University each year. Administrators are
concerned that this tradition could develop
into something tragic, as evidenced by
University President Lee Bollinger's dis-
couragement of all seniors from running in
the annual event.
There are definite safety concerns in
running. The Naked Mile brings people
from all over the world to Ann Arbor. Last
year, individuals videotaped the event next
to media from Germany. Student partici-
pants face the possibility that pictures of
their naked bodies might be featured in
videos or on the Internet without their con-
sent or knowledge. Also, runners face the
possibility of being groped by onlookers.
Some harassment is inevitable with an
event of this size, though measures will be
in place to minimize problems. Student
volunteers plan to build from last year's
effort to make a safer Naked Mile.
Volunteers will canvas the event, again
providing T-shirts and assistance to partic-

ipants. The volunteers will also carry
walkie-talkies to report problems runners
may encounter.
It would be unfortunate for an unruly
crowd to ruin what should be a harmless
University tradition. The throng of
observers should behave in a respectful
manner toward runners and provide a wide
path.
In past years, DPS and AAPD officers
have done a good job maintaining runners'
safety. While participating students are
technically breaking indecent exposure
laws, officers have not sought to break up
the run. That pragmatic attitude should con-
tinue to prevail this year - what amounts to
a quick streak through Ann Arbor to cele-
brate the end of classes should not result in
legal troubles.
But as much as student volunteers,
onlookers and law enforcement can do to
protect participants, the runners them-
selves are largely responsible for taking
steps to ensure their safety.
The runners should bring clothes for the
end of the race and be alert to their sur-
roundings while they run. With a little
thought on the part of runners and the coop-
eration of others involved, safety can be
upheld and the tradition should continue.
Bollinger's concern for students par-
ticipating in the Naked Mile on the whole
is admirable. Most students, however,
already have made their decisions as to
whether they are planning to run. The
Naked Mile has established itself as a part
of the University; the responsibility now
is to create a relatively safe environment
for those choosing to participate.

CHIP CULLEN

Talk on trial
Outside incident does not implicate show

n a taping of the Jenny Jones show that
never aired, Jonathan Schmitz
appeared on the show after being told that
someone with a secret crush on him would
reveal it. Believing that the crush was
from a woman, he agreed to do the show.
But when the crush turned out to be that
of Scott Amedure, Schmitz said that he
felt incredibly humiliated. Three days
later, Schmitz, who already possessed a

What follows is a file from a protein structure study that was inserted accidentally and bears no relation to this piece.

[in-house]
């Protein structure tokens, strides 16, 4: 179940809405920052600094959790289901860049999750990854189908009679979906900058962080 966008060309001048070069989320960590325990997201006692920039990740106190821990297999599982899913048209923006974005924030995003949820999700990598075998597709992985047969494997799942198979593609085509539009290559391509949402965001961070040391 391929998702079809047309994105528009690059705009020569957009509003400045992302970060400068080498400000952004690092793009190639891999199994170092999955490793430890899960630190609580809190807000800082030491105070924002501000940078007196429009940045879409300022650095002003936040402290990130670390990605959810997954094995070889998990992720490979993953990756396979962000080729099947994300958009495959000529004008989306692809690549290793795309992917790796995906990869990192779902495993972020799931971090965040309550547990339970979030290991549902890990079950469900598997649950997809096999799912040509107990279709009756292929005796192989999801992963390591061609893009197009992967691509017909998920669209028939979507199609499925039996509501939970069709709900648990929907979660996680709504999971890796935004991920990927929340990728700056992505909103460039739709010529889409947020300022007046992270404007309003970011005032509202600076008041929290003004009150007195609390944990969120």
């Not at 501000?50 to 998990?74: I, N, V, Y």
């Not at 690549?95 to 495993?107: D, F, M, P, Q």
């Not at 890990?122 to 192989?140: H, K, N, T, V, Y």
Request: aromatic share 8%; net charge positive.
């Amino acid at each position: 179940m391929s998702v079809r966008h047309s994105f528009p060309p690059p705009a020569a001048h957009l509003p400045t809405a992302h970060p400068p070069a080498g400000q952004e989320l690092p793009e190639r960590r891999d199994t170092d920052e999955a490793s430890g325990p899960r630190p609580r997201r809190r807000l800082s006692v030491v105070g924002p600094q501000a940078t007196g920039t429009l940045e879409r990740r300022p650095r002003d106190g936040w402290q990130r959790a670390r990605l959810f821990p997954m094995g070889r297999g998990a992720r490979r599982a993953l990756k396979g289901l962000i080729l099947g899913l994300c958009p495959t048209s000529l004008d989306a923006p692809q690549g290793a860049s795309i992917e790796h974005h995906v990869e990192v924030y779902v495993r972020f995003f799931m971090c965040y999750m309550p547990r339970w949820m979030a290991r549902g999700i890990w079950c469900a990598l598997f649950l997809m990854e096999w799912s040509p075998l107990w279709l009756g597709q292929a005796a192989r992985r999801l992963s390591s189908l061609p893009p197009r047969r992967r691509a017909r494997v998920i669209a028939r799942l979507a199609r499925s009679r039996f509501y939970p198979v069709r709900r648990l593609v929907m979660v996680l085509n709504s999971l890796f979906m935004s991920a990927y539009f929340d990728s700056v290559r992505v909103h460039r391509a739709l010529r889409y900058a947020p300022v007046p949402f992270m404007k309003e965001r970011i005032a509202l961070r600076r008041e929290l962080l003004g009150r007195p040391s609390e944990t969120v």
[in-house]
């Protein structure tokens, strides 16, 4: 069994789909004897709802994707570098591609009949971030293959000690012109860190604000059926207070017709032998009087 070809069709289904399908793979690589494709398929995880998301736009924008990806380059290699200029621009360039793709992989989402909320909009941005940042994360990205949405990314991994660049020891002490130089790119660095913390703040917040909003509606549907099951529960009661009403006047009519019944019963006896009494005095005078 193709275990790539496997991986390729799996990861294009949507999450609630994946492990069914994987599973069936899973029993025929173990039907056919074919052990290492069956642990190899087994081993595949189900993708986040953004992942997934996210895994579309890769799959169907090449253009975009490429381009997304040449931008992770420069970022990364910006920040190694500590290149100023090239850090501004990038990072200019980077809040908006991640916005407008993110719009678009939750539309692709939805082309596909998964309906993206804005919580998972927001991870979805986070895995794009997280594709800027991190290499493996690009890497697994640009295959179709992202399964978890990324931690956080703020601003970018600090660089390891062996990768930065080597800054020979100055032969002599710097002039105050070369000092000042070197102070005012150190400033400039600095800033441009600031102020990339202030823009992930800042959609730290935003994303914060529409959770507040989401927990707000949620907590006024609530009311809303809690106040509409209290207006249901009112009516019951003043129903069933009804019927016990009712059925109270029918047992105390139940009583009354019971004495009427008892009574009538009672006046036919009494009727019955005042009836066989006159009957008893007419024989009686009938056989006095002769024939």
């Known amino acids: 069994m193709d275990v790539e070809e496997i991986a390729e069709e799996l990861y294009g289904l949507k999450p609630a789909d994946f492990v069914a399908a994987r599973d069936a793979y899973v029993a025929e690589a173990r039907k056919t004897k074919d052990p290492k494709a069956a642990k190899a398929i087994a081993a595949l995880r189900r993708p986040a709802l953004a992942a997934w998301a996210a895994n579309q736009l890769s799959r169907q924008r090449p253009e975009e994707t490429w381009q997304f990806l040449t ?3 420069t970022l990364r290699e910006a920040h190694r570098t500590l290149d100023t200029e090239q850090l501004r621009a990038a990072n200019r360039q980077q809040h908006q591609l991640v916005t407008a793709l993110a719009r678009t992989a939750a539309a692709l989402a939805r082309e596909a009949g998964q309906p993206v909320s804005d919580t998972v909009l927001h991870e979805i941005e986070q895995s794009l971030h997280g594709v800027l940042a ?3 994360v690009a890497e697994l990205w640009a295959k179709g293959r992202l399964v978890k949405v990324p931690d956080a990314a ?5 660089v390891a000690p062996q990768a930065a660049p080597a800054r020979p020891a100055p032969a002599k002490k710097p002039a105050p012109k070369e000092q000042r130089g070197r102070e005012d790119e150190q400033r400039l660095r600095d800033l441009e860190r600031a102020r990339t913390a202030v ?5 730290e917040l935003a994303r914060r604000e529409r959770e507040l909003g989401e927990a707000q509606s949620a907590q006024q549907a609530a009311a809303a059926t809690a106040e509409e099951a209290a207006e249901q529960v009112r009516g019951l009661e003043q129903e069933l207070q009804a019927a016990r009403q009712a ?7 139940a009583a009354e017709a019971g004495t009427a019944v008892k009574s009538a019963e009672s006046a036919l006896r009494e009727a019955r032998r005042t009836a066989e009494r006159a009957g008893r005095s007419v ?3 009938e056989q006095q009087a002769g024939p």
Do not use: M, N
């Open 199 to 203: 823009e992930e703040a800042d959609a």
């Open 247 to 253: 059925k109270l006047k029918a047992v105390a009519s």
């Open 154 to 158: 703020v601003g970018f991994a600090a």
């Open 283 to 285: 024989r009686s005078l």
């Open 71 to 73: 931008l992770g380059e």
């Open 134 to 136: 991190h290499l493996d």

troubled psychological history, killed
Amedure. Schmitz was accused of murder
and the Jenny Jones show was brought up
in a $50 million lawsuit by Amedure's
family. If the plaintiffs win, the ruling
would be a devastating blow to the media,
causing them to be overly protective in
their actions, fearing multi-million dollar
lawsuits.
The "Jenny Jones Trial" as it has been
called, has been a spectacle from the onset.
Amedure's family contends that the show
mislead Schmitz on purpose, resulting in
Schmitz's public embarrassment and caus-
ing him to commit murder. Schmitz himself
was convicted of the murder, but his trial
was overturned on a technicality. Lawyers
for Jones's show maintain that the two men
were romantically involved following the
taping, and that the death was the result of
some sort of relationship quarrel.
Jenny Jones's show should not be con-
sidered in the same group as respectable
television news media, but this trial could
have serious significance for both. It is
unacceptable to hold a television program
responsible for the behavior of those who
appear on it after they leave the studio.
This case raises many questions about
how much responsibility a television pro-

producers had no way of predicting such
an extreme and violent incident.
Appearing on a talk show alone does not
cause one to be homicidal; there are many
factors involved. For example, Schmitz
has been diagnosed with bipolar disorder
and depression. But in the show's defense,
that is not a valid reason to prevent him
from appearing on television.
Amedure's murder was an incredibly
rare occurrence. But this incident has an
added complication. By asserting that the
show humiliated Schmitz, those suing the
show imply that homosexuality is a mark
of shame. Despite the lack of tolerance
some members of society demonstrate, the
court should not recognize homosexuality
as a scarlet letter.
If the court rules that Jones and her pro-
ducers were responsible for Amedure's
death, it will create a judicially sanctioned
form of censorship. Amedure family attor-
ney Geoffrey Fieger claims that when the
producers convinced Schmitz to appear on
the show, it was similar to shouting "Fire"
in a crowded theater. This is illogical,
because the producers did not intend to
cause any harm by inviting a guest on their
talk show - a routine event. The ethics
used by the producers are questionable,
but they did not do anything illegal.
The question facing jurors in this trial is
whether or not being on the Jenny Jones
show caused Schmitz to lose control and
murder Amedure. Fieger is trying to prove
that had Schmitz never been on television,
Amedure would still be alive. A talk show
cannot be the sole factor in someone's
decision to take the life of another person.
The media isn't responsible for Amedure's

People should
tentatively trust
their leaders
To THE DAILY:
I am writing in response to several
recent letters that criticized U.S. foreign
policy toward Iraq and Kosovo. While what
I'm about to say might shock a student body
with a such a strong tradition of activism,
hear me out.
There's an old adage: "Politics stops at
the water's edge." Although this saying is
primarily meant to remind us of the impor-
tance of national cohesion when it comes to
dealing with crises abroad, there's another